It’s been a busy year for Adventures of Huckleberry Finn. There’s already been one novel retelling Mark Twain’s classic from an alternative point of view: Percival Everett’s acclaimed bestseller James. Now comes Adventures of Mary Jane (Delacorte, June 25). Hope Jahren’s young adult novel centers on a character who appears in only 30 pages of Huckleberry Finn but, in her brief arc, entrances Huck (“I hain’t ever seen her since, but I reckon I’ve thought of her a many and a many a million times,” Twain has him say).The scientist and author of Lab Girl and The Story of More grew up loving Twain’s classic, and her aim isn’t to reinvent that book—in a note, she writes that she hopes Twain would like hers as well—but rather to give literary life to a character who’s always made her curious.

Jahren, who spoke with Kirkus from her home in Oslo, Norway, says she kept all dialogue from Huck and Mary Jane’s interactions “just as Twain wrote it.” The task of creating Mary Jane’s story beyond the pages of Twain’s book led to a major research project. Jahren dug into the details of 1846 America during this “really fun” project, from Mississippi River steamboats to the food, clothing, and other details of daily life. Our conversation has been edited for length and clarity.

Do you remember the first time you read Huckleberry Finn?

What I remember most is when we [listened to it] as an audiobook in the car as a family. We were in Minnesota, and my son was about 8 or 9, and he just couldn’t get enough of it. It was one of those [times] where you get where you’re going and you just stay in the car to keep listening. I started to analyze: Why does he love this book so much? And I started to notice structural things about it—it moves so fast! The action is just incredible, one thing on top of another. And the old voice in the back of my head started to say, There aren’t really any interesting women characters. And yet the female characters, particularly the ones in Greenville, Mississippi, are so monumental to the plot. That’s when Huck first decides to be a moral person—that’s the first time he makes a moral choice for the sake of doing the right thing, as opposed to getting what he wants.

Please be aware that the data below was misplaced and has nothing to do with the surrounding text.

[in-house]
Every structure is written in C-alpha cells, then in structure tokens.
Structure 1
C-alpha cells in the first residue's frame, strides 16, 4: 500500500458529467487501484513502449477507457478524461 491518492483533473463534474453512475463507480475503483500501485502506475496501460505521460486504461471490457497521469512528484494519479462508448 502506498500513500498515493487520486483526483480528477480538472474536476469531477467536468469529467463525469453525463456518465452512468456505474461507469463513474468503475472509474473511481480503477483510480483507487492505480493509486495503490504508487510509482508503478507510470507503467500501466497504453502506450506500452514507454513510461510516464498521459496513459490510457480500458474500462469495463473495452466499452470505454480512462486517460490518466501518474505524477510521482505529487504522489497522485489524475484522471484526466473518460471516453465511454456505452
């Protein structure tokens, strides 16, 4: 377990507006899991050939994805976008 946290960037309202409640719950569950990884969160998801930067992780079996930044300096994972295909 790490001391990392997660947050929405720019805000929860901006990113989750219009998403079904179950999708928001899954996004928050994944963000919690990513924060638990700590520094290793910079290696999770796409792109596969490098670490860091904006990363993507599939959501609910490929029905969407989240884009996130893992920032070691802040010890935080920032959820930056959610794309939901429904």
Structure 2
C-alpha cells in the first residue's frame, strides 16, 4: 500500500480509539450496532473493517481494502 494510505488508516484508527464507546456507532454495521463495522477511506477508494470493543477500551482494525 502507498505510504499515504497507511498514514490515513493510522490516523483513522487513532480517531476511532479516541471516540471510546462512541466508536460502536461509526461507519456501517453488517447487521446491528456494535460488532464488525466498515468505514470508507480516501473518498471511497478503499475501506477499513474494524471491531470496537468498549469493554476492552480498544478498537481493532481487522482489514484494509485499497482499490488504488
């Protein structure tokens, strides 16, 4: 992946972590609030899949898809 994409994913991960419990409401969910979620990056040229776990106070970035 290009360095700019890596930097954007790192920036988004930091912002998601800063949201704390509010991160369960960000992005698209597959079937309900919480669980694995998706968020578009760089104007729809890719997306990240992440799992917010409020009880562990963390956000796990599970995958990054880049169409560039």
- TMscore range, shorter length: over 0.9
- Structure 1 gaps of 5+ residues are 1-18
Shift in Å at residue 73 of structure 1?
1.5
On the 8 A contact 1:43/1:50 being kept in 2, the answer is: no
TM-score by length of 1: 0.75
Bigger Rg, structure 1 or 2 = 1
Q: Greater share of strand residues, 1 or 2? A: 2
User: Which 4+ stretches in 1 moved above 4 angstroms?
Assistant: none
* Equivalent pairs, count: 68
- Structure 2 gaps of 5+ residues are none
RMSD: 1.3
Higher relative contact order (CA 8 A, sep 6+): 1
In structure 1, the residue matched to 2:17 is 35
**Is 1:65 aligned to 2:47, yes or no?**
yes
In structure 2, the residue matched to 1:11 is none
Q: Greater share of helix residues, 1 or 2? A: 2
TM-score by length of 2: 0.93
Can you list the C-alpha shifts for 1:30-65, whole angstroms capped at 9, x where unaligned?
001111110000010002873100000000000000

There’s this set of chapters in which he’s interacting with Mary Jane and her cousins during their uncle’s funeral. And then he leaves them.

And he’s obviously fallen very deeply in love with this girl. But she doesn’t make sense as a character to me. You know, people are complicated. And she is just so simple—it’s almost like somebody putting on an act of being simple. It just didn’t make sense. So my first thought was to read and read and reread the dialogue between her and Huck a million times. And I thought, What if she was just as smart and resourceful and talented as all the girls I’ve ever known? All the real girls

At what point did you decide that you were going to fill her out, make her a character, and write a book about her? 

This might sound kind of goofy, but I honestly believe she’s a real person. I honestly believe that this is a girl and this is what happened to her. Once I figured out who she was, it was just a matter of writing it down. She’d been through so much. Huck thought that he was in it up to his ears, and she was, too, right? And I just felt like this person needed the dignity of being recognized for who she really was. And I hoped that a book could do that.